@flohack - yeah I respectfully disagree but see where you are coming from. For the sake of the community, I think this is a great conversation to be had since it would be helpful for others to examine (or re-examine) their own unique circumstances and tolerance levels that impact commitments to projects.
As a general rule of thumb, progress > perfection....and 100% agree with you. Compromise will always be needed to move forward in projects like this. Of course, just like with anything, there are always exceptions. For me, when over a course of a period you ask for basic things (like embed codes / unique tracking links to measure our efforts for financial sustainability campaign that never happened) and they go ignored, it becomes pretty challenging to tell yourself "Well, it is a compromise, you can't have it all!". The trust and belief of those making decisions begins to diminish when thinking about compromise. After all, you could only get ignored on telegram for so long. And when you do get a word, it is completely out of left field and mishandled with no room for discussion.
On your point about not being happy with a lot of things....this may sound funny but, I would be happy to be unhappy if folks on the marketing team at the time knew our cases were heard, considered, and met halfway...and discussions were going on in a transparent manner...and not just with those who had more access to Marius than others...
So, to summarize, it is hard to ask and reach a compromise without conversations
And I think that is a healthy marker for deciding to step away from something, especially when you are doing it as a volunteer position.
@Flohack , your experience might be different given your position. I understand that in this early stage in the project, those touching core technical components probably have more "time at the table" to discuss things and have a healthier more robust back and forth...that was certainly not my experience (and also, based on the @twinkybot 's post, not his either).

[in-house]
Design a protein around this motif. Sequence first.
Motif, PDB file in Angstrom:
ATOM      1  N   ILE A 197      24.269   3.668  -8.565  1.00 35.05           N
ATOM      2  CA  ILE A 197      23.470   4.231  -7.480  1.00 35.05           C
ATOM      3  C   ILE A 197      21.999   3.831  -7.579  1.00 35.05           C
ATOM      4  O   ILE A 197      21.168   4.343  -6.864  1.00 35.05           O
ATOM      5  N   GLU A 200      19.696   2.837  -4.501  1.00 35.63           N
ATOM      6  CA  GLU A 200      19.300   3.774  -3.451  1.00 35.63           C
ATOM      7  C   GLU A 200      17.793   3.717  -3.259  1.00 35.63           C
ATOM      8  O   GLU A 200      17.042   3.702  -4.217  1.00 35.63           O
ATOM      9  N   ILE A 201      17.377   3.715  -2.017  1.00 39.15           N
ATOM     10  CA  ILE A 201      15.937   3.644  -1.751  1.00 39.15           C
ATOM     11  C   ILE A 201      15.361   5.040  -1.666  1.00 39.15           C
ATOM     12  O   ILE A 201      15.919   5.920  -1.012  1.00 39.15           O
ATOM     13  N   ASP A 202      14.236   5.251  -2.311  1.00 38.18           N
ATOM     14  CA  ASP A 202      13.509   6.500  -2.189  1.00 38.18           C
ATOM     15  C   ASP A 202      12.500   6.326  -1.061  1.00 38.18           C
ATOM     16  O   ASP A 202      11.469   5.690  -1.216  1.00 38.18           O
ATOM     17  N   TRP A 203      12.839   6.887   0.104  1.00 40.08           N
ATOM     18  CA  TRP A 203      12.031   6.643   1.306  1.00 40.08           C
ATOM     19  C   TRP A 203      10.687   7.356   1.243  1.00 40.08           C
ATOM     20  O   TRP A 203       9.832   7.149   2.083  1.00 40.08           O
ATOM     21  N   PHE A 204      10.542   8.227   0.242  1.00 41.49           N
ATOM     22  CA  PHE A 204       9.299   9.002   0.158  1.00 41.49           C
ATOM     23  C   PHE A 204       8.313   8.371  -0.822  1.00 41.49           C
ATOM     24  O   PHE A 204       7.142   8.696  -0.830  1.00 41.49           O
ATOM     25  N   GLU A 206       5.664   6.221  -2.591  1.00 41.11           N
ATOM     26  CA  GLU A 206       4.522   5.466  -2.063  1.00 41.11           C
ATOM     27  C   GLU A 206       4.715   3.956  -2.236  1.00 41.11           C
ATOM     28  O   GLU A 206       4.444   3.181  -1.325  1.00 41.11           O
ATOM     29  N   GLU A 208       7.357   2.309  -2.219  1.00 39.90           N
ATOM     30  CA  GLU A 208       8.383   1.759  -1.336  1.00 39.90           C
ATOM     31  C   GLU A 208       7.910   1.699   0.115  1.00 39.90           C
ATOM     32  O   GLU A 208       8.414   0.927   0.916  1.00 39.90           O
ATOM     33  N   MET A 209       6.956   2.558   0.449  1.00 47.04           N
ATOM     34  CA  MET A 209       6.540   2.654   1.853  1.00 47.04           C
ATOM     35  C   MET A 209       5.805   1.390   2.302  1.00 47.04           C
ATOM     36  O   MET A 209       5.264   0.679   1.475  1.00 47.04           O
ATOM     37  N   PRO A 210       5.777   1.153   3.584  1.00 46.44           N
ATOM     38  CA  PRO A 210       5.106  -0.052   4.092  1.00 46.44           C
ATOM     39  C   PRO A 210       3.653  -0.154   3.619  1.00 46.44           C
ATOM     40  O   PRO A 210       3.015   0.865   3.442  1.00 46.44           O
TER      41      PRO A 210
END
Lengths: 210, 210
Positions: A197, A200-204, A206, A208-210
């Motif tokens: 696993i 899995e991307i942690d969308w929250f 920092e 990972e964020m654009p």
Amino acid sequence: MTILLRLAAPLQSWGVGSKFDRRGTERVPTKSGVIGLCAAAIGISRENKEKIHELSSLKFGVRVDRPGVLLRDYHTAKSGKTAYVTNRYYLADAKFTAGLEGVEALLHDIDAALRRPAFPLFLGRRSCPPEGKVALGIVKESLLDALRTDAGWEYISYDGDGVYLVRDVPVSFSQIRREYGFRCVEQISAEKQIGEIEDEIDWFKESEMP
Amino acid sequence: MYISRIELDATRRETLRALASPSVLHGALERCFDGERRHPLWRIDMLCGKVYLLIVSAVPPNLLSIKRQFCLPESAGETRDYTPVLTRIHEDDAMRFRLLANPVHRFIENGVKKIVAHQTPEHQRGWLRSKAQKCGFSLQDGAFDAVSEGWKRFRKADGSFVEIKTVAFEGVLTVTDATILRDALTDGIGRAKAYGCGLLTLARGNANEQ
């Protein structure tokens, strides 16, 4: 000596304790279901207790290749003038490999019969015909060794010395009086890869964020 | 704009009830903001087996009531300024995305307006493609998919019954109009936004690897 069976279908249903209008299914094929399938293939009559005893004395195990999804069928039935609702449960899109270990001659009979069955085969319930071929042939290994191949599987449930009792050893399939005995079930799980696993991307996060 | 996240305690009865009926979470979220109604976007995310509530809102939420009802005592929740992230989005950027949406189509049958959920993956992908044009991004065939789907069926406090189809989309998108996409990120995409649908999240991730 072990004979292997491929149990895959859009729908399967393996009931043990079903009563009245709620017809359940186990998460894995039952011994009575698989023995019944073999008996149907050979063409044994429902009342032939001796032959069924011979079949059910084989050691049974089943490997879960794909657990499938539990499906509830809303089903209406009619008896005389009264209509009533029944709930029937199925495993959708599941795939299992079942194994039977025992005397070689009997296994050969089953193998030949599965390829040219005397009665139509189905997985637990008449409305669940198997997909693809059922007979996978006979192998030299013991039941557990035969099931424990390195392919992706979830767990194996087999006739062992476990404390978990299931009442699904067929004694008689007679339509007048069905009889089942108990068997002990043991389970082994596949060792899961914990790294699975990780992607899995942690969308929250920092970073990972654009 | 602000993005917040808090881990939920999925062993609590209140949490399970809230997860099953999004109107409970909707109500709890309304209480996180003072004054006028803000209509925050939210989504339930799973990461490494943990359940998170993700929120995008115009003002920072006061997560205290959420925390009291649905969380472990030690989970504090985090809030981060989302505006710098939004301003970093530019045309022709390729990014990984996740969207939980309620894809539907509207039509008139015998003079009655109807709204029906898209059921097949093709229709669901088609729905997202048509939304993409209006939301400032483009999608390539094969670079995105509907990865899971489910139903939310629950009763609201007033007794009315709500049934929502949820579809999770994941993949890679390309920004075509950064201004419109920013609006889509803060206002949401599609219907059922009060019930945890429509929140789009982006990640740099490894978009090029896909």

So, for the community, it is important to:
Know what are your own personal "deal breakers" are. For me, it was long periods of little to no communication and mishandled communication (which, by the way, caused mishandlings of my own).
Voice all concerns appropriately, and know what personal timetables you have before moving on to another issue worth fighting for, or moving on altogether.
Seek to find ways to support in more ways that are not "fixed point" (projects that are time-bound)...but can happen whenever and however (promotion on social media for example). Or even financially....or encouraging others to donate (which I think could happen more often).
Lastly, I just have to add this in there, this is a point that really made me scratch my head...
"As soon if you feel personal frustration you are doing it wrong."
Again, just my opinion, but I personally feel this is the completely wrong way to look at it...this might be your case, for you...which I am happy for you about....but I can't imagine this being the case for everyone...esp. those who are passionate about projects that are so important, like this one.
On a more macro level, I've seen some of this from some segments of the gnu/linux community....on one hand, they cry about not having enough options for free or open options for linux on mobile, the outcry for privacy and having control of our devices, etc etc....yet, so lax on discovering ways to improve our methods or models for scaling and sustainability...like, why would you NOT rush to discover industry best practices and not seek the best help in implementing them in a healthy way to speed track advancement? I am sure I am not alone when I say we are tired of projects being too little too late, meanwhile, proprietary solutions make the next leapfrog (e.g. Samsung - DEX). Even if it isn't the exact solution, it keeps people from looking elsewhere.
I don't know about you @Flohack , but when Canonical announced they dropped convergence, UT, and convergence overall, it crushed me, but then FIRED ME UP to do something about it. So yeah, I'm going to be a little frustrated if I find that those who are in the best position to do the greatest good in this area are fumbling a bit in certain areas...e.g. using becoming a foundation as a reason/excuse for not engaging in year-round funding initiatives or hiring more full time or part time devs.